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Course Description

A knowledge of economic institutions and monetary concepts is necessary to be a well-rounded citizen.  The study of economics enables students to learn about the structures, functions, and processes of our economy. This course introduces students to basic economic concepts associated with our free enterprise/capitalistic economy, comparing the US economic system with those in other countries.  Students will learn about scarcity, production, distribution, consumption, supply/demand, inflation, recession, business, labor, and banking.  Students will have the opportunity to learn through independent research and discussion.

Grade Level(s):  10th-12th grades

Related Priority Standards (State &/or National): Missouri Learning Standards (6-12)

Essential Questions

  • How are resources best allocated?
  • Who determines what should be produced?
  • How do you measure the success of the economy?
  • What role does the government play in the economy?
  • Why do countries trade?

Enduring Understandings/Big Ideas

  • Economic decision-making requires making choices about cost, benefits and allocation of resources. 
  • Economic institutions evolve in a market economy to help individuals and groups    accomplish their goals.
  • There is an economic role for a government in a market economy whenever the benefits of a government policy outweigh its costs.
  • Economic systems vary from country to country.

Course-Level Scope & Sequence (Units &/or Skills)

Unit 1 - Understanding Elements of the Economy

  • What is scarcity and how does it drive decision-making and opportunity costs?
  • How are people, governments, and societies constrained by economics in terms of choices they can make?
  • How are the four factors of production in economics used to create goods that are most needed in society?
  • What economic systems are widely used in societies around the world and in what ways do they allocate resources?
  • How does economics analyze (or measure) the efficiency and/or effectiveness of a local or national economy?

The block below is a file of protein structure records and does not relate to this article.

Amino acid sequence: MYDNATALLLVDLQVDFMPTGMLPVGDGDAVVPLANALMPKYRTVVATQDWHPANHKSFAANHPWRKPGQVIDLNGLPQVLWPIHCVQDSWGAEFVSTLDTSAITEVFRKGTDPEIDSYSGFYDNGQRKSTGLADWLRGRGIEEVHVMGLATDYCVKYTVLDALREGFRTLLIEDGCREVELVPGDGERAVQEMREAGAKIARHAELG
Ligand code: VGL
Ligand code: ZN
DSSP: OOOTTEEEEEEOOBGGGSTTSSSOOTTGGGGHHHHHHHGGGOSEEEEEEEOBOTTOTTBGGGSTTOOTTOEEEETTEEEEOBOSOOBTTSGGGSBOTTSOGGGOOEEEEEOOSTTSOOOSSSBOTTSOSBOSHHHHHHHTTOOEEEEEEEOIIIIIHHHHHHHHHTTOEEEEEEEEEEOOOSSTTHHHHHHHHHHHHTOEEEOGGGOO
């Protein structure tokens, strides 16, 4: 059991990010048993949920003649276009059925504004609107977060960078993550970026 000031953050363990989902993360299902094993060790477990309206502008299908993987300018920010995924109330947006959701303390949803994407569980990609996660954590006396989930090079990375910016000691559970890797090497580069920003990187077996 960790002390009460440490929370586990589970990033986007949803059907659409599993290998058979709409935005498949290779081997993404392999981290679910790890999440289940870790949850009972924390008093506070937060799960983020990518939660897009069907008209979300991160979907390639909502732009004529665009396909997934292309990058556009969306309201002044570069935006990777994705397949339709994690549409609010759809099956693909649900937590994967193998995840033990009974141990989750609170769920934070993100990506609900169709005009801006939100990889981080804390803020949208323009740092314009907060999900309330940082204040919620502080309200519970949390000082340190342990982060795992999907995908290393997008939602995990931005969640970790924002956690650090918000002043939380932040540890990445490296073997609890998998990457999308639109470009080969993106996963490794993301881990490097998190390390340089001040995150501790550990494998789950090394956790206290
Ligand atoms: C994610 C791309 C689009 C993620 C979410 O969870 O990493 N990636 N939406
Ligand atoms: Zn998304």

Unit 2 - Market Economics

  • How do people interact in market economies to realize the most efficient and least costly use of resources?
  • To what extent do prices send signals to buyers and sellers in a market?
  • How do economic models show change and shifts in particular markets?
  • How do economic models show markets’ abilities to respond to price changes in demand and/or supply?
  • What are the four market structures used in economics to show level of competition?
  • How are production costs in markets used to show a firm’s profitability in each of the market structures?

Unit 3 - Measuring Performance in the United States Economy

  • How is GDP an indicator of economic health and performance?
  • How is unemployment an indicator of economic health and performance?
  • How is inflation an indicator of economic health and performance?
  • What role does government spending and tax policy play in our national economy?
  • What are the sources of government revenue?
  • How is our national debt different from our budget deficit? Is our national debt problematic?
  • What are the historical roots of the Federal Reserve Banking system?
  • How does the Federal Reserve Bank affect economic conditions and stabilize the macroeconomy?

Unit 4 - International Trade & Global Markets

  • What role does comparative advantage play in the international trade of goods and services?
  • What are the barriers to trade in the global economy? 
  • What role do currency values play in international trade?
  • In what ways do international organizations/individual countries promote global economic development?
  • What role does government spending and tax policy play in our national economy?

Course Resources & Materials 

Date Last Revised/Approved: May 2019